Some of the wildflowers that may be seen on the Pilgrimage include: Celandine Poppy (Stylophorum diphyllum) A flower with four yellow petals, this native poppy variety likes rich and moist growing conditions, such as wooded floodplains and damp cliffs. Dwarf Larkspur (Delphinium tricorne) A blue or purple flower that features five sepals, this wildflower is poisonous as a result of the presence of alkaloids. Large-Flowered Trillium (Trillium grandiflorum) As Ohio’s official state wildflower and the standard-bearer of spring, this flower is found in all of Ohio’s 88 counties. The seeds of the flower are dispersed by ants through a process called myrmecochory. Shooting Star (Dodecatheon meadia) A member of the primrose family, this flower is also informally called the “Pride of Ohio” because of its remarkable beauty. The white, pink, or lavender petals form a star shape. Historically, the wildflower was plentiful in the region, however, as a result of habitat destruction the variety is now less populous. Virginia Bluebells (Mertensia virginica) This flower is known as one of

forestland, Wildflower Pilgrimage participants are also offered the opportunity to experience outstanding, home-cooked food throughout the weekend. Prior to co-founding the Arc of Appalachia, Nancy owned and operated Benevolence Café, a vegetarian restaurant that was located on Swan Street next to the North Market in Columbus, as well as Benevolence Bakery, which was located inside the North Market. The Café and Bakery, which were well-known for their healthy, country comfort foods, were favorites among the Columbus food community. Many of the meals served during the Wildflower Pilgrimage weekend use recipes from the establishments, including homemade breads, such as raspberry white chocolate scones, herbed vinaigrettes, made-from-scratch vegetarian chilies, and homemade chicken salad and egg salad sandwiches To attend the Pilgrimage on April 17–19 the cost per participant is $125 for the full weekend package, which includes guided hikes, all programming, meals, a wildflower guide booklet, and trail maps. Overnight accommodation is not included in the registration cost. The Highlands Nature Sanctuary will offer a limited number of lodging options onsite, additionally there are a number of hotels, inns, and cabins in the region where Pilgrimage participants can book a stay. To learn more and to register to attend the 2015 Wildflower Pilgrimage, visit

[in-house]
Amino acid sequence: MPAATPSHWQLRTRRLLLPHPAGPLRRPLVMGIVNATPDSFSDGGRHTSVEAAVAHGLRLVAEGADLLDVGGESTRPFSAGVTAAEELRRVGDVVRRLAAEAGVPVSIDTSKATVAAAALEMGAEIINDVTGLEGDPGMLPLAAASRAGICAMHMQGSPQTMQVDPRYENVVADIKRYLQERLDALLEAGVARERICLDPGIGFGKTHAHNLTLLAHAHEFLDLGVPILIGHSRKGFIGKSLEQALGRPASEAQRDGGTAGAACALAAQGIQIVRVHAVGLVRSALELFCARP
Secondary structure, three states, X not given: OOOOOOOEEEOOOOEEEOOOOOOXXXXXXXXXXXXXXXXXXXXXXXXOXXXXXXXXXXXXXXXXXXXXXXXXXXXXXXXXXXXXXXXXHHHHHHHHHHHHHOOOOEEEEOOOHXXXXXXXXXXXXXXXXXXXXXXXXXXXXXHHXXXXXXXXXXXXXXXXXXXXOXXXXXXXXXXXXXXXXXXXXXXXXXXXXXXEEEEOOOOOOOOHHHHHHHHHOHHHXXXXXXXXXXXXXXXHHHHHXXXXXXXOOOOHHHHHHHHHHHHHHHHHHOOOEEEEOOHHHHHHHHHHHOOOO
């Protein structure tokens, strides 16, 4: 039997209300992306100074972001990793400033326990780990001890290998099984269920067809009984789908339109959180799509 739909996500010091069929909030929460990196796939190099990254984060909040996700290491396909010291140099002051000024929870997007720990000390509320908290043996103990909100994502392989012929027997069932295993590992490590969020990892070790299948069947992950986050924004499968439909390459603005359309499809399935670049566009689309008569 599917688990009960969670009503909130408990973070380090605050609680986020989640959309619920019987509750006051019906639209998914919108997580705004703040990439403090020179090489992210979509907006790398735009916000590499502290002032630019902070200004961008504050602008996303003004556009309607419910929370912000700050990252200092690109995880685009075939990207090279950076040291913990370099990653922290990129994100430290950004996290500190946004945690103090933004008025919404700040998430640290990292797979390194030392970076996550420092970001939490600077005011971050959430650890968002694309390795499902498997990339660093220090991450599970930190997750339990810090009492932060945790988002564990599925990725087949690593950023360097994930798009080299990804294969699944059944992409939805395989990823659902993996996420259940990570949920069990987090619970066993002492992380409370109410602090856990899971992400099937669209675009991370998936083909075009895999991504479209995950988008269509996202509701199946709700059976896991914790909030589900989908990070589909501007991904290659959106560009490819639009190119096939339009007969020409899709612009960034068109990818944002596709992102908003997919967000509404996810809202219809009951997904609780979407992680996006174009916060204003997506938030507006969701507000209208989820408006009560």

the most beautiful varieties of spring ephemeral wildflower in the eastern Forest. Thomas Jefferson cultivated the flower in the gardens of Monticello. Nicole Rasul loves all things related to food and is especially inquisitive about